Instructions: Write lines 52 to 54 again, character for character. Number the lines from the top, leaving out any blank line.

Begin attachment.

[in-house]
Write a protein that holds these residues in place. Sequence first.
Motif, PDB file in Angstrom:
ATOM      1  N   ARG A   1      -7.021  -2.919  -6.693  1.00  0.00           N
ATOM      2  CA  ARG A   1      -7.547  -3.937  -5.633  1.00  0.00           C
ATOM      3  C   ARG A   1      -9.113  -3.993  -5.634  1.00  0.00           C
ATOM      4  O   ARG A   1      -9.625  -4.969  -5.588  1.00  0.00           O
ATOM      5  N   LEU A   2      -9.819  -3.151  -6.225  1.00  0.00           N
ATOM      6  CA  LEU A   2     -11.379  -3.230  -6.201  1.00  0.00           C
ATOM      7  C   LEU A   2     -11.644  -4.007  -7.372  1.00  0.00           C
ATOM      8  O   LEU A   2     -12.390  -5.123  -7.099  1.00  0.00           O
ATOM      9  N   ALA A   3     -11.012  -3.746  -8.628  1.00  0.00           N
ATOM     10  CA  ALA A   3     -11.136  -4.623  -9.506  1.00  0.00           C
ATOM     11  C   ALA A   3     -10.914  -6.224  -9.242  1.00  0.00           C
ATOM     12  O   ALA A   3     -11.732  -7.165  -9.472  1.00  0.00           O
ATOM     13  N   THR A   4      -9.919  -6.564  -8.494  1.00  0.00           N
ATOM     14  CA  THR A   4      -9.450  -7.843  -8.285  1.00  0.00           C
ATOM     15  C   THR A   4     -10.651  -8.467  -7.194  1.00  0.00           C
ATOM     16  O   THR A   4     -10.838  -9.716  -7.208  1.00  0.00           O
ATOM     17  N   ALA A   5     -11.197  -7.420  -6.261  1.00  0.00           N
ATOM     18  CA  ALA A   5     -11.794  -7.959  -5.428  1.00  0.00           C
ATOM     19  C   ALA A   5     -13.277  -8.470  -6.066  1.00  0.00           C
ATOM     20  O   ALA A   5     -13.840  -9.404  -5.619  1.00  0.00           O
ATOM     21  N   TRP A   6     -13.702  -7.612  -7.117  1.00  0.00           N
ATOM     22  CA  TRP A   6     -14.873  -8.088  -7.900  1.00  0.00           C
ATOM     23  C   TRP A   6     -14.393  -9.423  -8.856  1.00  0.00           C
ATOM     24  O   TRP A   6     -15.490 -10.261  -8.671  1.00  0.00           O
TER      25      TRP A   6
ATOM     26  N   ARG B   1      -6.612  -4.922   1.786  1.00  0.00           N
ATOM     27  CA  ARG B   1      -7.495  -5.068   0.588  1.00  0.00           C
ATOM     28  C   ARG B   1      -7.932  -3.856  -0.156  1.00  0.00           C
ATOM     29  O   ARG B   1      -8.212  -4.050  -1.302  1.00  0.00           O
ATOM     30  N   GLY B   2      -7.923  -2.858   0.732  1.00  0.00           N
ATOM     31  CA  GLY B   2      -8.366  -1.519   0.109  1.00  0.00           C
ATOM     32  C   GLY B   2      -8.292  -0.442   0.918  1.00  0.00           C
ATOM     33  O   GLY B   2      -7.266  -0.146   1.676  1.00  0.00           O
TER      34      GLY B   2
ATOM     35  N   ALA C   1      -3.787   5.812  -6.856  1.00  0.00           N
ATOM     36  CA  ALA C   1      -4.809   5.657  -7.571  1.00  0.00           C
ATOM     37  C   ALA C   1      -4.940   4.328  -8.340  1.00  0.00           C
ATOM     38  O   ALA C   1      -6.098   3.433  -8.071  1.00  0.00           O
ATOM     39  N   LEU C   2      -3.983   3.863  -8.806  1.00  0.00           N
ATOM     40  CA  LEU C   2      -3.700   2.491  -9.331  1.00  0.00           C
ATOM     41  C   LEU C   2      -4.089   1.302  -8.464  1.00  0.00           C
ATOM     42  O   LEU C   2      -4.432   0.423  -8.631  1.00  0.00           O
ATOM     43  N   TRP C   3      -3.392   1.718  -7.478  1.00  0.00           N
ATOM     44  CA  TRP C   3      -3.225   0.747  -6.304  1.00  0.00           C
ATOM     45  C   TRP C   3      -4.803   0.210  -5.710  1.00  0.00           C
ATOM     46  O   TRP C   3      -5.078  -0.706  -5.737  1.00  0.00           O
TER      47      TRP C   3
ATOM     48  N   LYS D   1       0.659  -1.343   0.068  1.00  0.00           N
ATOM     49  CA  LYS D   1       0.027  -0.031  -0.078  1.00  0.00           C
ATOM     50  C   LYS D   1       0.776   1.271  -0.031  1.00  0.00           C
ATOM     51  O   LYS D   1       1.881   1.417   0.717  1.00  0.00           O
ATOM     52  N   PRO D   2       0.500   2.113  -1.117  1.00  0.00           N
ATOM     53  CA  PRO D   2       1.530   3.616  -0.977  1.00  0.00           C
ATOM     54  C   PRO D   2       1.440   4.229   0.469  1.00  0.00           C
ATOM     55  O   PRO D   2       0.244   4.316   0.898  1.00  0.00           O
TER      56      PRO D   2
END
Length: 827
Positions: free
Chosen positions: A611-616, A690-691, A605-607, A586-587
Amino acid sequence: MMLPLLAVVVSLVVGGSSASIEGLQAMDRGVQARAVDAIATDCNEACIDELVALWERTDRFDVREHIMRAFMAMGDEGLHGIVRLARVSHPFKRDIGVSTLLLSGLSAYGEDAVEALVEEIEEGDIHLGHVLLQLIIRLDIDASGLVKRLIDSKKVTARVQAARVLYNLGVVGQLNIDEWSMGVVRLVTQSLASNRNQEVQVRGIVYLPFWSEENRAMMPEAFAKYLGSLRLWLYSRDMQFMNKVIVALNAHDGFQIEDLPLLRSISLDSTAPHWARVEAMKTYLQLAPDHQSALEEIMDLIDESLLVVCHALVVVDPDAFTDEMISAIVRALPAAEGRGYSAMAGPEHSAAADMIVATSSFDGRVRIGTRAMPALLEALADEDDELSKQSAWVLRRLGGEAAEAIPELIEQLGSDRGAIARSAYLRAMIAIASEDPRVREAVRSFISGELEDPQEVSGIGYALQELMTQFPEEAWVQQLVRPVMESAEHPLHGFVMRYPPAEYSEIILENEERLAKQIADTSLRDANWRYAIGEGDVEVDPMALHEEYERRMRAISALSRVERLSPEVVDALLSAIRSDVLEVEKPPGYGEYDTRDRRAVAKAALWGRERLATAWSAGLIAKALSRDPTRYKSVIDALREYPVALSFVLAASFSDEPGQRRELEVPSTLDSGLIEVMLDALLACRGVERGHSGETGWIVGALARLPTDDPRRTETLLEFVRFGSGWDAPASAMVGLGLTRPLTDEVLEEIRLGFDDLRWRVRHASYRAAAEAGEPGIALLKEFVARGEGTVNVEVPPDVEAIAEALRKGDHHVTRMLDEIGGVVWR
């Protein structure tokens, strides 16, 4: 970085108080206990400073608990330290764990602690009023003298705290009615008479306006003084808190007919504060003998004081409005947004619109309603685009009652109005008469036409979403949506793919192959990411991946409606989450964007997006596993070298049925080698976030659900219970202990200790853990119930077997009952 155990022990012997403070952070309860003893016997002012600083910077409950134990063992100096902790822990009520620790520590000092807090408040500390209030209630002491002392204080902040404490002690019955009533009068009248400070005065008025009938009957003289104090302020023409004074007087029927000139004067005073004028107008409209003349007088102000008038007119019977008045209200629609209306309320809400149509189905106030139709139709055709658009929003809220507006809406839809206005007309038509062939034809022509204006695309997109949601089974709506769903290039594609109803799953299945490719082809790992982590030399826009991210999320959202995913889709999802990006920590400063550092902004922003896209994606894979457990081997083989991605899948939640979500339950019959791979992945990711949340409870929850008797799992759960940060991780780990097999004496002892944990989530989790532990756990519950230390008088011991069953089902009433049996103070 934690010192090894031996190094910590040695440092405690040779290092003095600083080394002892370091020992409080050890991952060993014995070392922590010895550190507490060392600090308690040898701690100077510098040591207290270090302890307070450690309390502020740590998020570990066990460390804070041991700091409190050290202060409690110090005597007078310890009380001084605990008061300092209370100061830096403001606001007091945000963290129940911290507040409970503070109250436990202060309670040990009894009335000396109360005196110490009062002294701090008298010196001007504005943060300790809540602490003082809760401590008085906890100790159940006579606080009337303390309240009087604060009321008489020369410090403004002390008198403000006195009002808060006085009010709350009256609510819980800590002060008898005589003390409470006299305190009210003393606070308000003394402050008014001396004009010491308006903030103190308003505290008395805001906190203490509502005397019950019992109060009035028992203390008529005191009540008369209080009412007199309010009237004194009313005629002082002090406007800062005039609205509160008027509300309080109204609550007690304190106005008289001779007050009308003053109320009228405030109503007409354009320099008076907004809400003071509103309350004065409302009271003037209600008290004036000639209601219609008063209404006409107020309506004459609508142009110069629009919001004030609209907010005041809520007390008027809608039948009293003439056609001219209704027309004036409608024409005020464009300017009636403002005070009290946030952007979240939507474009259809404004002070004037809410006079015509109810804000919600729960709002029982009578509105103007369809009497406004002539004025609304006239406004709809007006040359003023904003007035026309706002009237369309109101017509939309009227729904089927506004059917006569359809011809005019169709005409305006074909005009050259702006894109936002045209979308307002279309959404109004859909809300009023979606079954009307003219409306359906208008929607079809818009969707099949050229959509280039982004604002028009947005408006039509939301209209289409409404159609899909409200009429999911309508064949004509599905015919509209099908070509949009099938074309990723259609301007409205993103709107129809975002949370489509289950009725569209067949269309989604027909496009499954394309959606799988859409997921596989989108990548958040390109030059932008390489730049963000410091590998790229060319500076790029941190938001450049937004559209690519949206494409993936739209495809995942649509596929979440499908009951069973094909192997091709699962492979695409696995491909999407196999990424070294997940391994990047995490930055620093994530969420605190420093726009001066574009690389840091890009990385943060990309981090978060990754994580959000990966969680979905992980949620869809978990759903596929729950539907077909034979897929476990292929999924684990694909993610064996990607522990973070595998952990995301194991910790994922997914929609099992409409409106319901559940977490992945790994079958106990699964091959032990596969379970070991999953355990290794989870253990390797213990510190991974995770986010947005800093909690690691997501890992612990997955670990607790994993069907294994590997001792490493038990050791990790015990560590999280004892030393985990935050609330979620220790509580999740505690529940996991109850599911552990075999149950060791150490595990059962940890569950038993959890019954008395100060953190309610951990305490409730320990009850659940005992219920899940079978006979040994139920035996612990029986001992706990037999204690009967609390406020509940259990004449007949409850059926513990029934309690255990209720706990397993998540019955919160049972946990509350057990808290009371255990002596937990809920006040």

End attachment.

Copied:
ATOM     49  CA  LYS D   1       0.027  -0.031  -0.078  1.00  0.00           C
ATOM     50  C   LYS D   1       0.776   1.271  -0.031  1.00  0.00           C
ATOM     51  O   LYS D   1       1.881   1.417   0.717  1.00  0.00           O